I ran into a problem at my doctors appointment when I went in to my eye surgery. At my appointment before my surgery the doctor had informed me that it was imperative that I go off of several of my medications that I had been taking because they can make my eyes worse.
The day of my surgery on both eyes, my husband and I got to the surgical center and were informed that because of COVID 19 my husband could not stay inside the surgical center and would have to stay in the car and they would text him when my surgery was over. This may work for most patients, but when you have Early Onset Alzheimer’s and you can’t remember what someone told you one minute ago, and your nervous about your surgery anyways, being left alone and expected to retain the information that the nurses and doctors tell you is a daunting task.
I raised the concern to the receptionist and she said there was no way around it.My anxiety went through the roof. My husband left and went to the parking lot. They took me back to be prepped for surgery and I explained that I had several written questions about my medications and medical conditions in my phone and that I also had Early Onset Alzheimer’s and I would not be able to retain the information they would tell me. I asked them if they could put it in their patient portal for me or write it down. They indicated they would not do this because they had back to back surgeries, but I think they were fearful of malpractice issues. I asked if I could have a pen and paper that I could take notes because it was ridiculous that they would expect an Alzheimer’s patient to be able to retain what is being said to them and not bring a caregiver with them. They said that was fine so that is what I did.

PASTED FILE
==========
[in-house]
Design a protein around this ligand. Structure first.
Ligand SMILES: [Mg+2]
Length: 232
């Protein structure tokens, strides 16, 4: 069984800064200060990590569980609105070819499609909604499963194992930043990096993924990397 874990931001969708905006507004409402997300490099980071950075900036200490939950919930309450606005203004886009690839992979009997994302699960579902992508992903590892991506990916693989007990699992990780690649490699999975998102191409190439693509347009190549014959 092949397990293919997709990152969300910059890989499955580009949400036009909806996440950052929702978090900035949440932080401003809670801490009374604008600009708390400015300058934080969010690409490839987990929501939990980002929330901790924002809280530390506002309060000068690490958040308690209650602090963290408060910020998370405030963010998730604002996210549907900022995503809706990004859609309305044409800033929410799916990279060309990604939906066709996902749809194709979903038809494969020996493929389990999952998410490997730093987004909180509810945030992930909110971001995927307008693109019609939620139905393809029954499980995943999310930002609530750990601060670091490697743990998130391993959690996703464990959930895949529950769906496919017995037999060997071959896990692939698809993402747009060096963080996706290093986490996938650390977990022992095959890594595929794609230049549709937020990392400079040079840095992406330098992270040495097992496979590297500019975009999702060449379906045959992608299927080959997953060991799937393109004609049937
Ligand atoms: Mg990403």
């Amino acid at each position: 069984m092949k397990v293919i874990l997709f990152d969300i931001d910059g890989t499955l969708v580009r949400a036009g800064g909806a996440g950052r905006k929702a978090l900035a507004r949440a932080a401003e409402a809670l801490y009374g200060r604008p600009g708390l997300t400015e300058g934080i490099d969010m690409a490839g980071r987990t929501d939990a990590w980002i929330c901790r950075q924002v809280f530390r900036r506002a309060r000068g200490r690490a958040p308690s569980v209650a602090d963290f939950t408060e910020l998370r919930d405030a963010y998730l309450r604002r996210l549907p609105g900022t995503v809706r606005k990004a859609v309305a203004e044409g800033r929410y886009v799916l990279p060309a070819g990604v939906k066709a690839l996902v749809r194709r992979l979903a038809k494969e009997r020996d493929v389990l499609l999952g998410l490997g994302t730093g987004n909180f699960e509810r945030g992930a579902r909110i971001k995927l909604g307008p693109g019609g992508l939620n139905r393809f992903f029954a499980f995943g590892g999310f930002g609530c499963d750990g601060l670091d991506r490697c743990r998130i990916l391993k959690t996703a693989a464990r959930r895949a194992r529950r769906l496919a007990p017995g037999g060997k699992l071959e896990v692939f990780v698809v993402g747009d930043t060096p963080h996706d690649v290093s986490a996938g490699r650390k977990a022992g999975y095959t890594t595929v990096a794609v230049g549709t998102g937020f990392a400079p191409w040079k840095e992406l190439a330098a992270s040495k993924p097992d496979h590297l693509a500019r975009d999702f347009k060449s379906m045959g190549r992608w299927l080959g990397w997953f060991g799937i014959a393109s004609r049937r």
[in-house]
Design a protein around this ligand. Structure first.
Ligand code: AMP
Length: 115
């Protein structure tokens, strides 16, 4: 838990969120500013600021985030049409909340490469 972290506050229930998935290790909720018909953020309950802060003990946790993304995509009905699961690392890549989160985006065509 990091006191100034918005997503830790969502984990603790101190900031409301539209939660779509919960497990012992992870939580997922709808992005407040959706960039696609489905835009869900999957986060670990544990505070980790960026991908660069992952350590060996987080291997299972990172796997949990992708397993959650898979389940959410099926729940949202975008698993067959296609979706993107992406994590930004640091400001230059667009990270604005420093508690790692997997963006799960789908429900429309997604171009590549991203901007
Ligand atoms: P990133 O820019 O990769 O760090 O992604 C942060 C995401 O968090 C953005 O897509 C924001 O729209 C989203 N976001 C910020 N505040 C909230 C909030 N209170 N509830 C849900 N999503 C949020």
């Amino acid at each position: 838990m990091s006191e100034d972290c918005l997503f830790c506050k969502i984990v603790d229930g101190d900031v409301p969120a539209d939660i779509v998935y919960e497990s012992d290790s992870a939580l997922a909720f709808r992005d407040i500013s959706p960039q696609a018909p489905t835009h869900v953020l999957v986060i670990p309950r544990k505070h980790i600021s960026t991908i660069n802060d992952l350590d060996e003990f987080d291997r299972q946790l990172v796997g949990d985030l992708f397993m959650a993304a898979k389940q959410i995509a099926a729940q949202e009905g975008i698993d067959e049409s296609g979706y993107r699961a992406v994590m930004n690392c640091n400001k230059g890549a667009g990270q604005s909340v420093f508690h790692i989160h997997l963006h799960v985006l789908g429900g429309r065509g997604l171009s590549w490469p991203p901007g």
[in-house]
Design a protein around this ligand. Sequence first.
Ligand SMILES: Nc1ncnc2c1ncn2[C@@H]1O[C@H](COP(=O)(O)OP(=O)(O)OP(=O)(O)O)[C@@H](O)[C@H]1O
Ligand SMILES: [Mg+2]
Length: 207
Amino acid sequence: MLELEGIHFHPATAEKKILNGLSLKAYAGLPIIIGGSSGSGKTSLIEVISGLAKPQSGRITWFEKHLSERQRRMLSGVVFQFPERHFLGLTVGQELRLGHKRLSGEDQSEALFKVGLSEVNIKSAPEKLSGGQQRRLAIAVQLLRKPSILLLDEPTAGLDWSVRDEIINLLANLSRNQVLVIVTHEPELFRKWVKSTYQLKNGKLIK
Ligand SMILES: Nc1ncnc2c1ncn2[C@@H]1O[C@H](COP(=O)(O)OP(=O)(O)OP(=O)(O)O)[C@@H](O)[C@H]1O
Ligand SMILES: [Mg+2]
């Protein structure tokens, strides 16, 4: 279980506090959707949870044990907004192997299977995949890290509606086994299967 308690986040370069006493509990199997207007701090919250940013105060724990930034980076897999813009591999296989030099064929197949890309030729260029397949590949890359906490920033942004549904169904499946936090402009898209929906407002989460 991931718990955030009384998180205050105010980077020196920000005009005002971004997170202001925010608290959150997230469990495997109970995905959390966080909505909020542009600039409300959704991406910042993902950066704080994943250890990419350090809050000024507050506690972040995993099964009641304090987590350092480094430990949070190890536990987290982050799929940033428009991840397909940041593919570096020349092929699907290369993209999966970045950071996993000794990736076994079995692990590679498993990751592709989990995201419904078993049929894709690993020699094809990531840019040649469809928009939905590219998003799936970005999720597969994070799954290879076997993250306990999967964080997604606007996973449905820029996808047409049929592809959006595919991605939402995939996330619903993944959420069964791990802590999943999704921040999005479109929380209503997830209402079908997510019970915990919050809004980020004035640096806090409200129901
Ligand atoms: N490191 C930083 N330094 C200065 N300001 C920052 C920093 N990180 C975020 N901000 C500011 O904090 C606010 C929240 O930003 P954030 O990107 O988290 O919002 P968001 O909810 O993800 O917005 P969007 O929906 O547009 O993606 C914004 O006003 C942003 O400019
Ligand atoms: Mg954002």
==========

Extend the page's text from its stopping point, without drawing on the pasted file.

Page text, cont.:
I certainly understand that these procedures are in place to protect the doctors, nurses and patients, but exceptions need to be made for people who are elderly or with cognitive disorders. Thankfully, my surgery was successful, the notes I took were sufficient that I could explain to my husband my post op care, and next steps. Another coping strategy identified.
Not today, Alzheimer’s not today!